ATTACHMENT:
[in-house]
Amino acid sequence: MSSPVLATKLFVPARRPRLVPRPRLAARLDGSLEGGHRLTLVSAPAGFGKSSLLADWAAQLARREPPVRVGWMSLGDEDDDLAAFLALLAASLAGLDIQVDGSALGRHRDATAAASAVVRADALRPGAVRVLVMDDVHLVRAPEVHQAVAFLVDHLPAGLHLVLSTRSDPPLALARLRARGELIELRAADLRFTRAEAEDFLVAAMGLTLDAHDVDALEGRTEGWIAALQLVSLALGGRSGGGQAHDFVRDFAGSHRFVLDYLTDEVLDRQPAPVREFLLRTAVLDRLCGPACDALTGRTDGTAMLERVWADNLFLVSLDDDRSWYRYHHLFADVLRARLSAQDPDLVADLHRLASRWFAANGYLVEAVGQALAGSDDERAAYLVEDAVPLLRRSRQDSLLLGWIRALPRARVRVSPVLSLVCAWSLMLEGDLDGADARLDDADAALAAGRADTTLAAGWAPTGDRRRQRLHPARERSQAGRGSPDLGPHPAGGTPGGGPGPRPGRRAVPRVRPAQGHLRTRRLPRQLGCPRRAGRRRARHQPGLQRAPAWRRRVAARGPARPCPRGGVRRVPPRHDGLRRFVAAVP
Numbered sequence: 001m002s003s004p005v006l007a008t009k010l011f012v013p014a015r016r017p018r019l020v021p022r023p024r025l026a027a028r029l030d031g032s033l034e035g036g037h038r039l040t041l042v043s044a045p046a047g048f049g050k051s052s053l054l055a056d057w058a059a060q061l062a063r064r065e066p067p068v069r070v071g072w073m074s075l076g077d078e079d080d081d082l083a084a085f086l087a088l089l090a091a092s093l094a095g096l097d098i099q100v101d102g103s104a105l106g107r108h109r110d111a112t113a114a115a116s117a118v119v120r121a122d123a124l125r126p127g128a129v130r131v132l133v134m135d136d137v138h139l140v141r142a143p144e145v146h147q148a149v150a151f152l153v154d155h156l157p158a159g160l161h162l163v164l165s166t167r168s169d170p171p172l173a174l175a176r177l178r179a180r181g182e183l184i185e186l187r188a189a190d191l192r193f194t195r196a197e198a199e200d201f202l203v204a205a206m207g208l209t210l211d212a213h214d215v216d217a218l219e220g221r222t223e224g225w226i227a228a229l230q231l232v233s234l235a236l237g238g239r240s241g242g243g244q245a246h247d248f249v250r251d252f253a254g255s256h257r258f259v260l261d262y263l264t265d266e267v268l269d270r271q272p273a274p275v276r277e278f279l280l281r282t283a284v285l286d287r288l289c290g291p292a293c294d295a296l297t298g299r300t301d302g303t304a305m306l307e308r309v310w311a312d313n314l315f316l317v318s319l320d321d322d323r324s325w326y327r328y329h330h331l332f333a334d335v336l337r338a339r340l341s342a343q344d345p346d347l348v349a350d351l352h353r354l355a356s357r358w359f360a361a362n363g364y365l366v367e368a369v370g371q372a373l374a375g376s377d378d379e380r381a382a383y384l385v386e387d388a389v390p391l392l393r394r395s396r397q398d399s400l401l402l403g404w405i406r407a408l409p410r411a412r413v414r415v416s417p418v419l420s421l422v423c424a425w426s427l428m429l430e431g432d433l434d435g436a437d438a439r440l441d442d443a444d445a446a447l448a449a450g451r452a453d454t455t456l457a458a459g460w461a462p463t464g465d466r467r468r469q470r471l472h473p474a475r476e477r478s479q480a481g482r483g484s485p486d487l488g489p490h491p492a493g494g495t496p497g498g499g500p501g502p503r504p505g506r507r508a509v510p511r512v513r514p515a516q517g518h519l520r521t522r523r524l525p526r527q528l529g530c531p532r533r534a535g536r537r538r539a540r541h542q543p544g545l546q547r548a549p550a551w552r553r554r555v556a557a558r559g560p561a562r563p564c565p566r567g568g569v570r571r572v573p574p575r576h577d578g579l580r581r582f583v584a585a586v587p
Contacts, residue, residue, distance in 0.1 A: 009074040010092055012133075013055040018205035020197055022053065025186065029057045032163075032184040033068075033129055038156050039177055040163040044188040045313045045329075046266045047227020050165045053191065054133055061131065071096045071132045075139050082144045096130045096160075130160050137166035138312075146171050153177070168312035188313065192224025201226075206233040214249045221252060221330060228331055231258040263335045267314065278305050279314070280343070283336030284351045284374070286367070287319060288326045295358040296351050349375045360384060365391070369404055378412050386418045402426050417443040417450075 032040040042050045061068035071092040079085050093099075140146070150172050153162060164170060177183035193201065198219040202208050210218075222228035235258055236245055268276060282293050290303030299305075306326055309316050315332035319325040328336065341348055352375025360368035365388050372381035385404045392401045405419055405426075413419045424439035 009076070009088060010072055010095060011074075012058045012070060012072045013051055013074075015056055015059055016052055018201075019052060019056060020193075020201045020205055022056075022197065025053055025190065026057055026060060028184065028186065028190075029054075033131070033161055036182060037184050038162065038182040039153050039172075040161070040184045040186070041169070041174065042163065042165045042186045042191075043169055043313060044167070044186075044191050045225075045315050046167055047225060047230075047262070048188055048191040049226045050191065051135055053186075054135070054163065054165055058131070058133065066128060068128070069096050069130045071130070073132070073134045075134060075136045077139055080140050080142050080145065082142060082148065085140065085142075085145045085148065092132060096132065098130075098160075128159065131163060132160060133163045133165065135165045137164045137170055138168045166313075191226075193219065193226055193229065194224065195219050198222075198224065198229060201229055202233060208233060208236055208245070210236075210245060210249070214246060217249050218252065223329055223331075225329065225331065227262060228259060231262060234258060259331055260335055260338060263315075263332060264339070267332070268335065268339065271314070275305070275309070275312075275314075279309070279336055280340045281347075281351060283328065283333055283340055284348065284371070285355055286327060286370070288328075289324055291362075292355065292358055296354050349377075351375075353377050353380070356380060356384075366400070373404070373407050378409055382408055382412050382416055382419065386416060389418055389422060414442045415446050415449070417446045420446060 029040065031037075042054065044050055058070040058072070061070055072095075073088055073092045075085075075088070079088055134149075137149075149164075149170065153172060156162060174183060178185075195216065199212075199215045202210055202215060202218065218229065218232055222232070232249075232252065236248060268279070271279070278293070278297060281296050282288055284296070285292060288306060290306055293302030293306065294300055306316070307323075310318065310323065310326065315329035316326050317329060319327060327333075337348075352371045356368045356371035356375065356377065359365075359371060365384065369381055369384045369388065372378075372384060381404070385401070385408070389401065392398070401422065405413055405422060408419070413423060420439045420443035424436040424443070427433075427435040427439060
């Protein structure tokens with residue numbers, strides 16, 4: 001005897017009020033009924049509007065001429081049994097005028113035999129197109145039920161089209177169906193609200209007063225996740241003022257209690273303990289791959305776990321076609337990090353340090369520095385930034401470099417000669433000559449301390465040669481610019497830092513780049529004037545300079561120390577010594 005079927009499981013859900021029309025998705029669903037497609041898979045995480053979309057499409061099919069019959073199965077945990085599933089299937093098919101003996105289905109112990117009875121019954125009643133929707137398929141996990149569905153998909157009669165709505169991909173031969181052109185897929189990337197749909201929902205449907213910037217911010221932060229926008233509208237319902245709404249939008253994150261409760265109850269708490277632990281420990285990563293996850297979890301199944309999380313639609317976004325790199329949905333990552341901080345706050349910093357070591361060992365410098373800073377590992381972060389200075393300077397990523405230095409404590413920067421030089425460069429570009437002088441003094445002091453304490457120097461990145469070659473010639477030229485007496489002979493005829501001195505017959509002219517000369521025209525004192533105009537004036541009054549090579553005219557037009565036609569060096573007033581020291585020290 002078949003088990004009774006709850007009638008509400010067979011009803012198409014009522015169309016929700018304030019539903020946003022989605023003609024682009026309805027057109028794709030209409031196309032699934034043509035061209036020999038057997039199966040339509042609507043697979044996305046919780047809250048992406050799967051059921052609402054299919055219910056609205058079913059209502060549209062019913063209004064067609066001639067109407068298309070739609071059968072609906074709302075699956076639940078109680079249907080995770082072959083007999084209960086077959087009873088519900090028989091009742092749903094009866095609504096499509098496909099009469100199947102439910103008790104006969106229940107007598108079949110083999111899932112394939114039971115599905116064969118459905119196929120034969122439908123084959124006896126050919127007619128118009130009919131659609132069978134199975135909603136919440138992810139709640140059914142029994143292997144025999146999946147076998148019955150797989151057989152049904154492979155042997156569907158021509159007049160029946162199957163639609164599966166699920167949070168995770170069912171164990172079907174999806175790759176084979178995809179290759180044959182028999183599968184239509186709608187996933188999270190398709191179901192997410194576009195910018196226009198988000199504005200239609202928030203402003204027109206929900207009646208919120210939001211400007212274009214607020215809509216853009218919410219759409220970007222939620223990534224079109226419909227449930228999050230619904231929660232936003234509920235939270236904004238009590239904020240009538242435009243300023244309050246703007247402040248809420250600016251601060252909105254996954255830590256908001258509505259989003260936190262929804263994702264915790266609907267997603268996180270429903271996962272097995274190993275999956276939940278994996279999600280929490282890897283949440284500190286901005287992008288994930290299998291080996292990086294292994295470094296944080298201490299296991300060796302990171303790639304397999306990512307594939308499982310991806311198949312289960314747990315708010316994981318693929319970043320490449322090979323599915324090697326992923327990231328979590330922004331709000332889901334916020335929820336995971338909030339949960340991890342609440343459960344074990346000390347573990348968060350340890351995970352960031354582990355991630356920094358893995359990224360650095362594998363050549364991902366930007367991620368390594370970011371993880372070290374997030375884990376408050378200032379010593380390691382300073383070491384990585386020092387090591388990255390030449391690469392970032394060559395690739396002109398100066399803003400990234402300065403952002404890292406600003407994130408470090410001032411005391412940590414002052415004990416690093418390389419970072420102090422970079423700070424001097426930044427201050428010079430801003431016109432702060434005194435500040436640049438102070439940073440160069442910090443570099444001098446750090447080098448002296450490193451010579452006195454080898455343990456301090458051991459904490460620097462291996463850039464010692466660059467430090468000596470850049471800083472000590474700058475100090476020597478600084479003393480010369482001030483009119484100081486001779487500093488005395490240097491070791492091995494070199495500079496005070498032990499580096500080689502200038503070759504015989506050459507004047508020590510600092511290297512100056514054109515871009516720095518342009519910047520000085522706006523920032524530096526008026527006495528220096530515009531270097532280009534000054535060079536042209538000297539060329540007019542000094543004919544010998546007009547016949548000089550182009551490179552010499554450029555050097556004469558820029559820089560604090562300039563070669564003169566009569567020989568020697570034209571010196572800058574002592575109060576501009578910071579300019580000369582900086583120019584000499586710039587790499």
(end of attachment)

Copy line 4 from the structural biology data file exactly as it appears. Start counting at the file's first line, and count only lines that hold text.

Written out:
Contacts, residue, residue, distance in 0.1 A: 009074040010092055012133075013055040018205035020197055022053065025186065029057045032163075032184040033068075033129055038156050039177055040163040044188040045313045045329075046266045047227020050165045053191065054133055061131065071096045071132045075139050082144045096130045096160075130160050137166035138312075146171050153177070168312035188313065192224025201226075206233040214249045221252060221330060228331055231258040263335045267314065278305050279314070280343070283336030284351045284374070286367070287319060288326045295358040296351050349375045360384060365391070369404055378412050386418045402426050417443040417450075 032040040042050045061068035071092040079085050093099075140146070150172050153162060164170060177183035193201065198219040202208050210218075222228035235258055236245055268276060282293050290303030299305075306326055309316050315332035319325040328336065341348055352375025360368035365388050372381035385404045392401045405419055405426075413419045424439035 009076070009088060010072055010095060011074075012058045012070060012072045013051055013074075015056055015059055016052055018201075019052060019056060020193075020201045020205055022056075022197065025053055025190065026057055026060060028184065028186065028190075029054075033131070033161055036182060037184050038162065038182040039153050039172075040161070040184045040186070041169070041174065042163065042165045042186045042191075043169055043313060044167070044186075044191050045225075045315050046167055047225060047230075047262070048188055048191040049226045050191065051135055053186075054135070054163065054165055058131070058133065066128060068128070069096050069130045071130070073132070073134045075134060075136045077139055080140050080142050080145065082142060082148065085140065085142075085145045085148065092132060096132065098130075098160075128159065131163060132160060133163045133165065135165045137164045137170055138168045166313075191226075193219065193226055193229065194224065195219050198222075198224065198229060201229055202233060208233060208236055208245070210236075210245060210249070214246060217249050218252065223329055223331075225329065225331065227262060228259060231262060234258060259331055260335055260338060263315075263332060264339070267332070268335065268339065271314070275305070275309070275312075275314075279309070279336055280340045281347075281351060283328065283333055283340055284348065284371070285355055286327060286370070288328075289324055291362075292355065292358055296354050349377075351375075353377050353380070356380060356384075366400070373404070373407050378409055382408055382412050382416055382419065386416060389418055389422060414442045415446050415449070417446045420446060 029040065031037075042054065044050055058070040058072070061070055072095075073088055073092045075085075075088070079088055134149075137149075149164075149170065153172060156162060174183060178185075195216065199212075199215045202210055202215060202218065218229065218232055222232070232249075232252065236248060268279070271279070278293070278297060281296050282288055284296070285292060288306060290306055293302030293306065294300055306316070307323075310318065310323065310326065315329035316326050317329060319327060327333075337348075352371045356368045356371035356375065356377065359365075359371060365384065369381055369384045369388065372378075372384060381404070385401070385408070389401065392398070401422065405413055405422060408419070413423060420439045420443035424436040424443070427433075427435040427439060